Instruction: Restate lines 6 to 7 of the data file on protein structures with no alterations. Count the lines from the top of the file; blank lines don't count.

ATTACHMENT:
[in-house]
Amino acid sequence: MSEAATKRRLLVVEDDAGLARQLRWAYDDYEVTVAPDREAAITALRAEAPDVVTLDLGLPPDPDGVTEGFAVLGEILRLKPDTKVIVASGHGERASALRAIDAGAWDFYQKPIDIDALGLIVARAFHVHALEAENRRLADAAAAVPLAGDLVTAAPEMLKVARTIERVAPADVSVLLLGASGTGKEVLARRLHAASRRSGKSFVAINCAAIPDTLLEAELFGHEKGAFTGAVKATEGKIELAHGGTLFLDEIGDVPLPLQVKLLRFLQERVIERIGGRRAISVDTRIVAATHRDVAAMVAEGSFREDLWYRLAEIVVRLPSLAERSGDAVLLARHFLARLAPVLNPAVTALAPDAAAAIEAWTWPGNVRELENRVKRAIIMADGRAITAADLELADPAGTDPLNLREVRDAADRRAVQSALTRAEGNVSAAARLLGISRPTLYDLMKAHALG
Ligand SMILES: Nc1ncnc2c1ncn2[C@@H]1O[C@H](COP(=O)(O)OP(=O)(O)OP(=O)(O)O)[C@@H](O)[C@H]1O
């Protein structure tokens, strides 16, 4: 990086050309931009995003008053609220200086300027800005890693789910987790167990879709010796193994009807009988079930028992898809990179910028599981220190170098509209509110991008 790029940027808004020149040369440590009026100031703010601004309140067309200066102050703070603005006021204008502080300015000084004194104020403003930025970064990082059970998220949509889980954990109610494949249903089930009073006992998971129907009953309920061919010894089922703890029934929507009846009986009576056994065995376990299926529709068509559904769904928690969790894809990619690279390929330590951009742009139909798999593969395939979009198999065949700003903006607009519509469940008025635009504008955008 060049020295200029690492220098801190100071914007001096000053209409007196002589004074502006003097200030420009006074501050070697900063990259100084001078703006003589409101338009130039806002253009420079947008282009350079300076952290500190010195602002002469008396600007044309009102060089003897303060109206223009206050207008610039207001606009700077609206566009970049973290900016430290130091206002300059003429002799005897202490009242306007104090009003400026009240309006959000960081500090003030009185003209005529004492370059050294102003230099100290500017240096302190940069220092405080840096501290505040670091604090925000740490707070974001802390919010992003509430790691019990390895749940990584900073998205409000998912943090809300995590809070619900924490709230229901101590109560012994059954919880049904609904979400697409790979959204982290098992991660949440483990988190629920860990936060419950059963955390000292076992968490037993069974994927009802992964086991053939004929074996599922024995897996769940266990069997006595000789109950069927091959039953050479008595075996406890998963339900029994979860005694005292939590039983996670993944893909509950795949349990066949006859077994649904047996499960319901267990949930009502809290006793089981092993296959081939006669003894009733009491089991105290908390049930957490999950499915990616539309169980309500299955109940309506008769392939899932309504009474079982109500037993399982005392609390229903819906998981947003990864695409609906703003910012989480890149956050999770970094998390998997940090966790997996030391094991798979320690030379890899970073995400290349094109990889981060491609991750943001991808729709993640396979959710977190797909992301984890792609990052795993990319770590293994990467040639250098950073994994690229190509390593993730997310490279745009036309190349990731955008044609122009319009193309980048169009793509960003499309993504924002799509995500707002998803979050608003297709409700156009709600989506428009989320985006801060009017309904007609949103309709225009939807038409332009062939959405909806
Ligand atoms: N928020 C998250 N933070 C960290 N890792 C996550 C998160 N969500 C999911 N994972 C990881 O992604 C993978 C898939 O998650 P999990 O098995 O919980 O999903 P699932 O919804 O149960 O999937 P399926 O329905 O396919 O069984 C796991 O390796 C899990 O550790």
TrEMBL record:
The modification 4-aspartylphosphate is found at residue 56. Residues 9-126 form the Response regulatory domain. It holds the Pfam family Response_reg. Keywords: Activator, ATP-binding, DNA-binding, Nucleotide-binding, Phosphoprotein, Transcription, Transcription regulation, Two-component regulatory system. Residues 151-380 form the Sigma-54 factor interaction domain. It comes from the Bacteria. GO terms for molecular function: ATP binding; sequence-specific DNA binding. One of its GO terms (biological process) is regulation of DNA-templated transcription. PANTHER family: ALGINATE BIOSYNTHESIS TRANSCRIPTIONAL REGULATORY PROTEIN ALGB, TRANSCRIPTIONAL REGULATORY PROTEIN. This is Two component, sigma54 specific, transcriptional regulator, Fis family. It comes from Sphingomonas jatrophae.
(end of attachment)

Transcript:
TrEMBL record:
The modification 4-aspartylphosphate is found at residue 56. Residues 9-126 form the Response regulatory domain. It holds the Pfam family Response_reg. Keywords: Activator, ATP-binding, DNA-binding, Nucleotide-binding, Phosphoprotein, Transcription, Transcription regulation, Two-component regulatory system. Residues 151-380 form the Sigma-54 factor interaction domain. It comes from the Bacteria. GO terms for molecular function: ATP binding; sequence-specific DNA binding. One of its GO terms (biological process) is regulation of DNA-templated transcription. PANTHER family: ALGINATE BIOSYNTHESIS TRANSCRIPTIONAL REGULATORY PROTEIN ALGB, TRANSCRIPTIONAL REGULATORY PROTEIN. This is Two component, sigma54 specific, transcriptional regulator, Fis family. It comes from Sphingomonas jatrophae.